How To Cook Turnips


Welcome back to the Farm Stand, your weekly guide to seasonal Southern produce.

In something of a Red Sox-style comeback, turnips, the root vegetable that once moved Scarlett O'Hara with clenched fist to shout to the heavens "As God is my witness, I'll never be hungry again" have not only solidified themselves as a Southern symbol of resourcefulness, but also as a favorite ingredient of the South's most revered chefs.

If you limit your turnip consumption to occasionally ordering turnip greens at your local BBQ joint (even though you really want mac 'n' cheese), you really haven't seen how versatile they can be from soups to sides, roasted or mashed. Think of turnips to potatoes as Casey Affleck is to Ben -- not as popular, but just as good.

Turnip Traits

  • Although your first instinct may be to choose bigger turnips, look for smaller bulbs without any blemishes and a bright violet bottom half. Larger turnips tend to taste more bitter and have a hot aftertaste.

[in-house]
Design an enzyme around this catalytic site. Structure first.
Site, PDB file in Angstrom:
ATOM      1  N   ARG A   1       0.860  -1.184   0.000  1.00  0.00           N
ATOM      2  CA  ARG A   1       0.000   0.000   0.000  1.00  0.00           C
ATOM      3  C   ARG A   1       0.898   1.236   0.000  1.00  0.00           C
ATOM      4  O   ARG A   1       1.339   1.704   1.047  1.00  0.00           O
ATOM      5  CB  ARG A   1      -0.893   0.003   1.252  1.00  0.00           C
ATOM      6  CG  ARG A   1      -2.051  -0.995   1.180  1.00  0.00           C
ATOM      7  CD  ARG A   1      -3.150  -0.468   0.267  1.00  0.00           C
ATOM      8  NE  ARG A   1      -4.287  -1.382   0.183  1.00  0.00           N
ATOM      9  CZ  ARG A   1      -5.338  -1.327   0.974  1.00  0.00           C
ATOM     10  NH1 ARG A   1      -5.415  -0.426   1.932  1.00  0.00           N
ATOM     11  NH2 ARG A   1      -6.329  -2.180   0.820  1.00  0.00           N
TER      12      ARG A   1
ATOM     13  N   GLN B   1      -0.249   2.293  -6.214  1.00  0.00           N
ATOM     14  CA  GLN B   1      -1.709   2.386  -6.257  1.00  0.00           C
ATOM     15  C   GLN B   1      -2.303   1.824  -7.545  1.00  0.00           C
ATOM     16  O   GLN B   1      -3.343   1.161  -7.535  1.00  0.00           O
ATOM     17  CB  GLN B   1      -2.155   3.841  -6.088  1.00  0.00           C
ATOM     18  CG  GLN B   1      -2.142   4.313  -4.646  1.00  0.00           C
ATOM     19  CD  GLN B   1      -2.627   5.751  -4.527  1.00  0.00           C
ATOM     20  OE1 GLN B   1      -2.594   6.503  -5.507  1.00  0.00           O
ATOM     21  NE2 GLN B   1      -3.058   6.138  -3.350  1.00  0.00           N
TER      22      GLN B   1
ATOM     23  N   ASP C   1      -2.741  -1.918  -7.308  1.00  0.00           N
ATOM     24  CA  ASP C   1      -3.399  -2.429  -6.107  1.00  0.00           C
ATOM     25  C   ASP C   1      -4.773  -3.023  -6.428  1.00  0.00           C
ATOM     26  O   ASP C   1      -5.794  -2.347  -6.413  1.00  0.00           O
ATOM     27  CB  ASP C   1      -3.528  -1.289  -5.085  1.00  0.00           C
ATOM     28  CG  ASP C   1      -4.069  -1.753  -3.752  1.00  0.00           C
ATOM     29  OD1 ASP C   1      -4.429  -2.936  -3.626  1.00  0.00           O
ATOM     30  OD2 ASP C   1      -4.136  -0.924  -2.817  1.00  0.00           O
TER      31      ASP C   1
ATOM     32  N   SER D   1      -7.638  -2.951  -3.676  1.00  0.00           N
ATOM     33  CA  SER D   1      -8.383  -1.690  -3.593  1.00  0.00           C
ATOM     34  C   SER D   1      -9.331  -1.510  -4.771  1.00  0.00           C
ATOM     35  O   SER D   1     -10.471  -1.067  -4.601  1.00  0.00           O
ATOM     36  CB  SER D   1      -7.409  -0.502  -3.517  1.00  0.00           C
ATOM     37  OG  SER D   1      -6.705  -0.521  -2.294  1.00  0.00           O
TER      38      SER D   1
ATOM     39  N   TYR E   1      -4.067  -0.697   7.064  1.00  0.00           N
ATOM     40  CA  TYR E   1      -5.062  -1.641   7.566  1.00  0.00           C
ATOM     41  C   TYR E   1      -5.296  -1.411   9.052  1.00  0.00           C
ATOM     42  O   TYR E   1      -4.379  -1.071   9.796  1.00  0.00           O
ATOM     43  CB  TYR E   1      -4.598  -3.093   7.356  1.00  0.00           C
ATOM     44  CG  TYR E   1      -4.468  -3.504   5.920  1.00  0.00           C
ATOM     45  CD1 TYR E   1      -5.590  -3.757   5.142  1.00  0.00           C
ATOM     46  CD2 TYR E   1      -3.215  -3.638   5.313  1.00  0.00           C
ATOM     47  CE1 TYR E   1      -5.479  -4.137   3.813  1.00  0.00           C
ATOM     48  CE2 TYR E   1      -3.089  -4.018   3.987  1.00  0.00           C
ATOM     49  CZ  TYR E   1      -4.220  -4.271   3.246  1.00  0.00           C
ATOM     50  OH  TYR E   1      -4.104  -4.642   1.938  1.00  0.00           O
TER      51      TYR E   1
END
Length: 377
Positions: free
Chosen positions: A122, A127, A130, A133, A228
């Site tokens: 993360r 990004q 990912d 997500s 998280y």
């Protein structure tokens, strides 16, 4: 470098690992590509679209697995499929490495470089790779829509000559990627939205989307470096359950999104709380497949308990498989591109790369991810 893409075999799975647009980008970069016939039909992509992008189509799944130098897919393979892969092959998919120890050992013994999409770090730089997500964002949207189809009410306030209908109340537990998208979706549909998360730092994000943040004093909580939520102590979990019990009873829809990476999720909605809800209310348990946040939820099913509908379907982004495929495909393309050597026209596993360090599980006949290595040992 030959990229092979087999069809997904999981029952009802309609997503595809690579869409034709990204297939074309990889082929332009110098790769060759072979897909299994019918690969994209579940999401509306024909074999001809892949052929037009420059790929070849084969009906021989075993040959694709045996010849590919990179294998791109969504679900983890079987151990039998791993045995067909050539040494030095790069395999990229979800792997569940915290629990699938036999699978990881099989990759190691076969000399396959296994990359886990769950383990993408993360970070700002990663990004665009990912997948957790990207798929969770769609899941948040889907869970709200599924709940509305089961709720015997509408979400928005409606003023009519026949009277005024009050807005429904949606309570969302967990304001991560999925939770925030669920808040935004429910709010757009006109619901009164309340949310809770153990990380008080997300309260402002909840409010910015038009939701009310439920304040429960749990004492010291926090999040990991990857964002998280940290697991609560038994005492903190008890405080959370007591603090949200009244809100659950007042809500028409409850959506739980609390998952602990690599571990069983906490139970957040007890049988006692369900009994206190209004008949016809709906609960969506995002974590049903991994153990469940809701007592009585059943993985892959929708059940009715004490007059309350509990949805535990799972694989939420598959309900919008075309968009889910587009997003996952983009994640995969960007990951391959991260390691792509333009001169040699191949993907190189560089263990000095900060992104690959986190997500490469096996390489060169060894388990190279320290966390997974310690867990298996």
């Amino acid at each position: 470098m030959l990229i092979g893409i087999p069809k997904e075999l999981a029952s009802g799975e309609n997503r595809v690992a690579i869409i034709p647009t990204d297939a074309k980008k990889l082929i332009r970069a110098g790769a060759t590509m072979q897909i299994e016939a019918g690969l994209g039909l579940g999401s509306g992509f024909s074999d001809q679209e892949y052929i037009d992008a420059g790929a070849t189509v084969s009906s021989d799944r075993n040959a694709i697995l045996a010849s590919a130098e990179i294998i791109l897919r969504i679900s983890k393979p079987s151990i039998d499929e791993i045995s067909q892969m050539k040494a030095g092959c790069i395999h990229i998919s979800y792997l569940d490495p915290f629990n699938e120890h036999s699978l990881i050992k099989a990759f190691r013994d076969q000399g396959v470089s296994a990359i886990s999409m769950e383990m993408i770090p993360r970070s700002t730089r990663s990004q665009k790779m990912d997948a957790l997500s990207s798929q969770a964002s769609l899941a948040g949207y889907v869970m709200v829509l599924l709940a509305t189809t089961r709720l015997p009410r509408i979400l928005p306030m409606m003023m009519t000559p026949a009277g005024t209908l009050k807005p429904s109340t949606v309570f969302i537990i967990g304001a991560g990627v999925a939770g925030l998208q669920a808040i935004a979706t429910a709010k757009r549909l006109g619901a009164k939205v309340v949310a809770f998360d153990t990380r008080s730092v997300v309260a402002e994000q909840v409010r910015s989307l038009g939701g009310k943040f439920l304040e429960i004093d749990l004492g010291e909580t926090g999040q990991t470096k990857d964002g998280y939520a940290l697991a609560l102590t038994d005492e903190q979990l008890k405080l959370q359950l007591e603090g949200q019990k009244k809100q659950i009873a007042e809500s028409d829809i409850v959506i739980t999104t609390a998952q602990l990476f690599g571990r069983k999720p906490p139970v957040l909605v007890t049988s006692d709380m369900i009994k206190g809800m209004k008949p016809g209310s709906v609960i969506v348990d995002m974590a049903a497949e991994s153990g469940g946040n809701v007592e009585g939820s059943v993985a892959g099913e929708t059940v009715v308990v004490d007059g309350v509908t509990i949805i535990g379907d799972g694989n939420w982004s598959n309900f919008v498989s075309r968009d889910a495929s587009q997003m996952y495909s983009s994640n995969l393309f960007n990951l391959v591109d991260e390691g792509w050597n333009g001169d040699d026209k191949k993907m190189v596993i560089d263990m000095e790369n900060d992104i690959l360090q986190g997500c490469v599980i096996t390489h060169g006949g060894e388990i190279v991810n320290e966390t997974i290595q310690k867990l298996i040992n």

• If you are looking to cook turnip greens as well, make sure the leaves are still attached to the turnips and they aren't wilted or yellowing.
  • That being said, once you've brought your turnips home, separate the greens and store them by washing, drying, and wrapping them in paper towels then placing them in a plastic bag in the fridge. Keep the turnips fresh by storing them in a plastic bag in your crisper. If you are fortunate enough to have a root cellar, keep them there.
  • If you want to try eating turnips raw, slice them on a mandolin so they remain crunchy yet manageable in terms of chewing.

Turnip Recipes To Make

Try these turnip recipes and let us know how you like to enjoy them.

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